- No Rental License, No Eviction
- June 28, 2011
- Law Firm: Miles & Stockbridge P.C. - Rockville Office
The Maryland Court of Appeals recently held that a Landlord, who had failed to obtain a rental license pursuant to the Anne Arundel County Code for premises he leased to a tenant, was not permitted to initiate summary ejectment proceedings for the tenant’s failure to pay rent under Section 8-401 of the Real Property Article of the Maryland Code. In the case of McDaniel v. Baranowski, No. 64, September Term 2010, the record revealed that the Landlord did not possess a current rental license for the leased premises. The Landord had previously obtained a license but that license had expired prior to the lease in question being executed. The Landlord, however, did reapply for a rental license after he had initiated the summary ejectment proceeding against the tenant.
Notwithstanding the Landlord’s prior license and his subsequent reapplication, the Court stated, “in order to invoke the facile process of summary ejectment, a landlord in those jurisdictions requiring licensure, must affirmatively plead and demonstrate that he is licensed at the time of the filing of the complaint for summary ejectment in order to initiate the summary ejectment process.”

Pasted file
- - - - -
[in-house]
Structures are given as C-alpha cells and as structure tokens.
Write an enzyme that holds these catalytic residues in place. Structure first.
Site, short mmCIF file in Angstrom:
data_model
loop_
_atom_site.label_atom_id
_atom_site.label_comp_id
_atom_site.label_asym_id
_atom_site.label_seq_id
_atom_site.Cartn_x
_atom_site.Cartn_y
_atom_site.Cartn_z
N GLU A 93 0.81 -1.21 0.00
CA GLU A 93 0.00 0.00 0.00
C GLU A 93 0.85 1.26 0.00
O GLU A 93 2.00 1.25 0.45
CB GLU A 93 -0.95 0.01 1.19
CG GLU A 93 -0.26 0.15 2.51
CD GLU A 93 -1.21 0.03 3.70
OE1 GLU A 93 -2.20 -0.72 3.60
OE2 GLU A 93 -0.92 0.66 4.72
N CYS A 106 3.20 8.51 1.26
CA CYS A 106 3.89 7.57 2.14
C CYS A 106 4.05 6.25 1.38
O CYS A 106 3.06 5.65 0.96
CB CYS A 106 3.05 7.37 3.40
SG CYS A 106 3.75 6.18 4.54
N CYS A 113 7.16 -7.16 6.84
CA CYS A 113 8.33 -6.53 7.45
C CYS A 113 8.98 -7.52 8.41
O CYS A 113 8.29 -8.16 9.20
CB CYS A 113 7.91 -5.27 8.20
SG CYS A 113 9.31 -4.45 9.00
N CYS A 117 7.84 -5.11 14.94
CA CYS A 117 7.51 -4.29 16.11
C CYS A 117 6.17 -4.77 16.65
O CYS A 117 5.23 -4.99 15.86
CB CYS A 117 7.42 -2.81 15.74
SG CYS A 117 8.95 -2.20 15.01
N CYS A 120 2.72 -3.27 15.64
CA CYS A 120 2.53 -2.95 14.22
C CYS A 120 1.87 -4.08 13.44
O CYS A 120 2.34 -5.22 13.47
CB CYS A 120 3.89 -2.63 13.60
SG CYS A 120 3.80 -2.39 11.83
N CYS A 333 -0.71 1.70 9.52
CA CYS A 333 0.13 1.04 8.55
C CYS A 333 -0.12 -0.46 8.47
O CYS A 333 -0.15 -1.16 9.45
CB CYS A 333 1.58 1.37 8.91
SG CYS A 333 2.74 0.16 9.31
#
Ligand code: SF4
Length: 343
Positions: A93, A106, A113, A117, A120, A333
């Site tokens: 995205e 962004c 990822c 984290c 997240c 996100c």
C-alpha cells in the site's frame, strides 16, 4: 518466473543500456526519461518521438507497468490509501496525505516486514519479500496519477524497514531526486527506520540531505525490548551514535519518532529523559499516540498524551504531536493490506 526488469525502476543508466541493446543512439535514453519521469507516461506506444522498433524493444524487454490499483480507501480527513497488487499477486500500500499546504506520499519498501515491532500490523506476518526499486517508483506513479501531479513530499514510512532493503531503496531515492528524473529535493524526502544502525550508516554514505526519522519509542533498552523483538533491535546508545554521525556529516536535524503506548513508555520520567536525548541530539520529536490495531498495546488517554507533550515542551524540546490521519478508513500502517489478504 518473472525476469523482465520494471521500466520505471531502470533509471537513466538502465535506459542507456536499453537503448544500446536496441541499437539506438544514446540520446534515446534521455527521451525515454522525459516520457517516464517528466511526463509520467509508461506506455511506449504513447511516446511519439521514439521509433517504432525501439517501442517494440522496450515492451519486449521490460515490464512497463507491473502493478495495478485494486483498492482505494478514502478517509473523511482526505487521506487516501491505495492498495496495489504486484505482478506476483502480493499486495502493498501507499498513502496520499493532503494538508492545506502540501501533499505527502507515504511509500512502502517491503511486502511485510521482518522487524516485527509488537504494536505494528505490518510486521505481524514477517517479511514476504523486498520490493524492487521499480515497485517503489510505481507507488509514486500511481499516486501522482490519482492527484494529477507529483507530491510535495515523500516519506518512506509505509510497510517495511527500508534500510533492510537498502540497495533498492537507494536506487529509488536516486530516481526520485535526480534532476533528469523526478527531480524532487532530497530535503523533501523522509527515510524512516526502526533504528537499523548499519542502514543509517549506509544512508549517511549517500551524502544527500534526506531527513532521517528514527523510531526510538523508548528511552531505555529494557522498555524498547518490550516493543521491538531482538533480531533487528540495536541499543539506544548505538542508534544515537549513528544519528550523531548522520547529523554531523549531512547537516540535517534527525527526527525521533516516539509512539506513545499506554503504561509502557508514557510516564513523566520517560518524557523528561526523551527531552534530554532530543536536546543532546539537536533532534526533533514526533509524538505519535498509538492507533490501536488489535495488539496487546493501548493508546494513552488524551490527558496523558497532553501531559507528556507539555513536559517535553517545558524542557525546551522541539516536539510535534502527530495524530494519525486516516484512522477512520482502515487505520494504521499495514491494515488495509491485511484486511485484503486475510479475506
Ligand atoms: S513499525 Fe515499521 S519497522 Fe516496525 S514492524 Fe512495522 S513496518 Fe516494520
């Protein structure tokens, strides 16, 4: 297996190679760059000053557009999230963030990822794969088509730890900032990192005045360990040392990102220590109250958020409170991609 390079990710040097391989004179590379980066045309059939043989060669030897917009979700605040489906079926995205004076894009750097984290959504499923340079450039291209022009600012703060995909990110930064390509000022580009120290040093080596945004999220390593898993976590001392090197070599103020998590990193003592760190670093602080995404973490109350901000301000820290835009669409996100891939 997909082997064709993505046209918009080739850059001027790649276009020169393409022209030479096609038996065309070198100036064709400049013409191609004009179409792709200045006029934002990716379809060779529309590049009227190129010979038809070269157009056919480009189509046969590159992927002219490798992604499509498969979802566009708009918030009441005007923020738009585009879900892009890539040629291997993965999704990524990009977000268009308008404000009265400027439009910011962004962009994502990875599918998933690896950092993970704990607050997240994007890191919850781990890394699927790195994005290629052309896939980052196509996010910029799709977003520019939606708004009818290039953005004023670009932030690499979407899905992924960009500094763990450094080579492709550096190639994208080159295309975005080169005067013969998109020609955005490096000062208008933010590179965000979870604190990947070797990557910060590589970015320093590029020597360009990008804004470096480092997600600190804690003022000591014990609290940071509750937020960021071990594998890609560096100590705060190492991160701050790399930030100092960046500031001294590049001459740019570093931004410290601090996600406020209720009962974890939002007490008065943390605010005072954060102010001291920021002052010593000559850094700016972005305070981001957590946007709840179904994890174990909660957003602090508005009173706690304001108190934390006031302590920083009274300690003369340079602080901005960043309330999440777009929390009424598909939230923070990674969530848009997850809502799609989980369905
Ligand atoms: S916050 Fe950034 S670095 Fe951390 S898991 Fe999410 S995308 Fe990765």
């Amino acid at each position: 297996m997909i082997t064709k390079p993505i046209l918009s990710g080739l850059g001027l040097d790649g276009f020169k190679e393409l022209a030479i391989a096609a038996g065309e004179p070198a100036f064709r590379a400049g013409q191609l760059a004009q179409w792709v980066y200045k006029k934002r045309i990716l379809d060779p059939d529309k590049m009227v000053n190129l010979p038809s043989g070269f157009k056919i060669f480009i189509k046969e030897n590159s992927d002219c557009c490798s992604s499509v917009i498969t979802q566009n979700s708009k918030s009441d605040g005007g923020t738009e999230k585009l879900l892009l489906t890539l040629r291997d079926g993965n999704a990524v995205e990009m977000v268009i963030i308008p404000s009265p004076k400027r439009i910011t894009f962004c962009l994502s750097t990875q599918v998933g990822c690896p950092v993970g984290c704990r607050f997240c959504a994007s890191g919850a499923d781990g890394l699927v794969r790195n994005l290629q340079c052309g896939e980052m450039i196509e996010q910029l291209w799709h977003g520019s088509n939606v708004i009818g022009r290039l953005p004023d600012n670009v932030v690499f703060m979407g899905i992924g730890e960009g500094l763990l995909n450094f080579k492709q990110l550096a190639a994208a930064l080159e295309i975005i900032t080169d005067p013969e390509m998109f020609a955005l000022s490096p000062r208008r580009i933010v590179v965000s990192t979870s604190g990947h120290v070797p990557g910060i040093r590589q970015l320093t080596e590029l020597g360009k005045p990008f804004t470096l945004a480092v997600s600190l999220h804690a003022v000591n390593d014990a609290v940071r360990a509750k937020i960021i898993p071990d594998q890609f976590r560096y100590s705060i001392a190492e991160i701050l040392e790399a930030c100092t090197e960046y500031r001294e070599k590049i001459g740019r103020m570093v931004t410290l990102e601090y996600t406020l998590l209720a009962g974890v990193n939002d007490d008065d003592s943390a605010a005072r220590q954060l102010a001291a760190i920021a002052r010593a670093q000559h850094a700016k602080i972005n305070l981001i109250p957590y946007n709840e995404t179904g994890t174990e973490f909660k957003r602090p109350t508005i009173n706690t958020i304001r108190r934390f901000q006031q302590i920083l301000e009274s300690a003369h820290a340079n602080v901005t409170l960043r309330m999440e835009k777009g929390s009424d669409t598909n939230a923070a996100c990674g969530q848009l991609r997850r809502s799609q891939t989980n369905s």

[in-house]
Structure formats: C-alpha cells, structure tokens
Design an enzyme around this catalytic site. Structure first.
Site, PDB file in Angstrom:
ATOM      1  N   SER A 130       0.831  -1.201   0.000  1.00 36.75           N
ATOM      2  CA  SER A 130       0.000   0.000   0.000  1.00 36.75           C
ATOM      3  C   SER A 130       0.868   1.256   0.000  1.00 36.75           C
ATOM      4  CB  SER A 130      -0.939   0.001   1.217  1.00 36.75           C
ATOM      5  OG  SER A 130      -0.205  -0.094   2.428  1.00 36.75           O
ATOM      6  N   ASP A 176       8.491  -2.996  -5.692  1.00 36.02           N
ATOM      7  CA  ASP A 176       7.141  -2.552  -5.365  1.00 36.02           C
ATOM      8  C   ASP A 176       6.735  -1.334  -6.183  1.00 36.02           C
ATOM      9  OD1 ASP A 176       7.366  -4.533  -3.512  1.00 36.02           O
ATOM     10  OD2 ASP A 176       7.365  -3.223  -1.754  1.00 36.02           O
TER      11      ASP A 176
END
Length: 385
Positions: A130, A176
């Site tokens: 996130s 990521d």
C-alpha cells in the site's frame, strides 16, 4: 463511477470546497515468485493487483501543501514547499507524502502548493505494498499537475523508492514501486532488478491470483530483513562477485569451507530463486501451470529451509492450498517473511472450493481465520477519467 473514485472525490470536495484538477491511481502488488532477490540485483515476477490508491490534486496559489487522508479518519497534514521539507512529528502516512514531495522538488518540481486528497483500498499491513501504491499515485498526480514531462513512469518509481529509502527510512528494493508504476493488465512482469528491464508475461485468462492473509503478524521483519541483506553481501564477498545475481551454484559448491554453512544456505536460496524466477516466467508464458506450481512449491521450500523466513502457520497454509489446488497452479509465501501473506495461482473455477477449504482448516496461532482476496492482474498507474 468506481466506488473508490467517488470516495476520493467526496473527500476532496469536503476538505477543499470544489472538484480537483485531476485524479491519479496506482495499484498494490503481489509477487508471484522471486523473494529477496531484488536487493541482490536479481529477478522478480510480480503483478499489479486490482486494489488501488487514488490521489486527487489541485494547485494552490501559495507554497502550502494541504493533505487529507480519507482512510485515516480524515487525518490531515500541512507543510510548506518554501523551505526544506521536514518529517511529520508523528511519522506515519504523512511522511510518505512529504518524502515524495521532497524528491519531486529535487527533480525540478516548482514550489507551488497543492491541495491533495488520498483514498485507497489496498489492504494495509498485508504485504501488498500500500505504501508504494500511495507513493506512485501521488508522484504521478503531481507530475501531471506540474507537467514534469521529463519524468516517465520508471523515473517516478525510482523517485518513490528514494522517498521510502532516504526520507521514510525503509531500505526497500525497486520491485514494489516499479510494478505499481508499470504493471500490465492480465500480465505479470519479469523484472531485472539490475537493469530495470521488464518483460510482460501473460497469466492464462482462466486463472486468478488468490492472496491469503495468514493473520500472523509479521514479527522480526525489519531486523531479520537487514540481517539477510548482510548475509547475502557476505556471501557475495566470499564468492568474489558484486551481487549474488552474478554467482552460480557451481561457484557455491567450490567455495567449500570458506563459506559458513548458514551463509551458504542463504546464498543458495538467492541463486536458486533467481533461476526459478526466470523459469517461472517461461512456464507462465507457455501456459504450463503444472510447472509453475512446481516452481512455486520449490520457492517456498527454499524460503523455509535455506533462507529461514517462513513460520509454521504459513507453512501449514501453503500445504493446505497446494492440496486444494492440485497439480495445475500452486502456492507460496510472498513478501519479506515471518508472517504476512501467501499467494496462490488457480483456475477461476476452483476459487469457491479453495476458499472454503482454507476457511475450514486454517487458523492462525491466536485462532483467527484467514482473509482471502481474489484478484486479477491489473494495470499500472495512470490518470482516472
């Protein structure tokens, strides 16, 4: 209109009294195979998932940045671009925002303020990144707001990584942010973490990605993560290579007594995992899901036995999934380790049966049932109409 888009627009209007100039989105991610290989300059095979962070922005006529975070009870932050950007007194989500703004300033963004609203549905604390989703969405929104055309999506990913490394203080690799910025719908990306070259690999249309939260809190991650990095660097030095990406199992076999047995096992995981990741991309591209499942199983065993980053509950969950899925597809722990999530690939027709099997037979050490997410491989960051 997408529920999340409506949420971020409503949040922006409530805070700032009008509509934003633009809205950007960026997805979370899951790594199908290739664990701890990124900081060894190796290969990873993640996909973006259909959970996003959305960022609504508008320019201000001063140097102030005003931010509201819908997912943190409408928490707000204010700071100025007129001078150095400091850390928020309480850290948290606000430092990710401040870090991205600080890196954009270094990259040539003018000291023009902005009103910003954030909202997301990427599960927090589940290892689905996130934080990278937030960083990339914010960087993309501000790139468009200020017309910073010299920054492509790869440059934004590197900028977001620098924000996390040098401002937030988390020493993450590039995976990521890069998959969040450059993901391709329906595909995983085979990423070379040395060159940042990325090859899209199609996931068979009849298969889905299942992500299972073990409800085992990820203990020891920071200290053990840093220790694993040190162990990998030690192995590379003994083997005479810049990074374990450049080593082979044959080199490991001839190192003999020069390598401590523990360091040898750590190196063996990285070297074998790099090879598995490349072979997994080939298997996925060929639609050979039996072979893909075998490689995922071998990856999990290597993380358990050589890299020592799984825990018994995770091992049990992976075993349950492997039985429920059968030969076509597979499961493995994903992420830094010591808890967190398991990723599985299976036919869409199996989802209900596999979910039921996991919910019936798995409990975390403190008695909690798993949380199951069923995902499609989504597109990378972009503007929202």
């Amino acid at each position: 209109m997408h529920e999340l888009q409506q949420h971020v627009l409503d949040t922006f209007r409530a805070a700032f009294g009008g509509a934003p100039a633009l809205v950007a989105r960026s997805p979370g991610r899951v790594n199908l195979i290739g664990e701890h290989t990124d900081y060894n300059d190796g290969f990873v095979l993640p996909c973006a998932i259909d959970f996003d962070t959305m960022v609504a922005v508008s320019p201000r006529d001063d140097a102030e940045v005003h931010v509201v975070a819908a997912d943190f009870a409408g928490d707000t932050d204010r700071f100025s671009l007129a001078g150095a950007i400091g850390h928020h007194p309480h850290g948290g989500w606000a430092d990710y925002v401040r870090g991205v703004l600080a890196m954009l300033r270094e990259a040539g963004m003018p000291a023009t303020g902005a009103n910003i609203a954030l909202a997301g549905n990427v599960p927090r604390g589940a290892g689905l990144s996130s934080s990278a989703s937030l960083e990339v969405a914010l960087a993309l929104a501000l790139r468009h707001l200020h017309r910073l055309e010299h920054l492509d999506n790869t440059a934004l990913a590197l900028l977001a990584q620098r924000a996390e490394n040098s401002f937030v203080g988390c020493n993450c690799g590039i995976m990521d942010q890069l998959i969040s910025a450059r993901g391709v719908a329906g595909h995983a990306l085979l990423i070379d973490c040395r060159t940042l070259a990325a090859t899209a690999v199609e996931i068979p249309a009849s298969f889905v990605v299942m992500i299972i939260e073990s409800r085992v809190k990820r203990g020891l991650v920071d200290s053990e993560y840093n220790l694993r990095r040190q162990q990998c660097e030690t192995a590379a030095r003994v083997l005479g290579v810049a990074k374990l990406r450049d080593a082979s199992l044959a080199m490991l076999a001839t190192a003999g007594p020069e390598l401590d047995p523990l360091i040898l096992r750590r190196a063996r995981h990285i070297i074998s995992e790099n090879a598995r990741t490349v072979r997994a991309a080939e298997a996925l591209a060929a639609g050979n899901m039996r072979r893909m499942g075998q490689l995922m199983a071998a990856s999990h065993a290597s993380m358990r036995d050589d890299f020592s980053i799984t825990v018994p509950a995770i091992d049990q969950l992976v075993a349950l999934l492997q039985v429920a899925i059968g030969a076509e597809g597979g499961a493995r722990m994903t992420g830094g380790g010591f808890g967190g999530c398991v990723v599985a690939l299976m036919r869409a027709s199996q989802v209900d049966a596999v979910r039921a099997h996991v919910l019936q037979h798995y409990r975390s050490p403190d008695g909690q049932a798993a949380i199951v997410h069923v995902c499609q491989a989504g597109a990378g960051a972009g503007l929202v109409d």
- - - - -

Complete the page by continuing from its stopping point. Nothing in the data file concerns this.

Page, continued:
As a result of the decision, the Montgomery County Sheriff has issued a bulletin to all Montgomery County Bar Association members alerting them to the impact the decision may have to any future summary ejectment cases to be filed. Many other jurisdictions in Maryland are presumably issuing similar advisories.
In addition to making sure that a valid license is in effect, a landlord should also verify that the correct license has been obtained since there are many levels or types of rental licenses in the numerous Maryland counties. Each county will likely have its own licensing scheme. Under the Court’s decision, holding the wrong type of license may be the equivalent of having no license at all and may result in a dismissal of the case.
Once a landlord has obtained a required license, there still exists a logistical issue that remains unaddressed by the Court of Appeals’ opinion. That is, how does a landlord “affirmatively plead and demonstrate that he is licensed at the time of filing”? The statewide pre-printed complaint forms for summary ejectment actions have no section dedicated to this issue and there is no blank room elsewhere in the complaint form to proffer to the Court the required affirmative allegation.
Although every local jurisdiction will have its own local practice, it is recommended that a separate line be filed with the summary ejectment complaint, alleging that the landlord was properly licensed by the applicable jurisdiction. Additionally, a copy of the landlord’s rental license should be attached to the line and filed with the Court. Lastly, the landlord should be prepared at the trial to proffer to the Court a copy of the license to be admitted into evidence.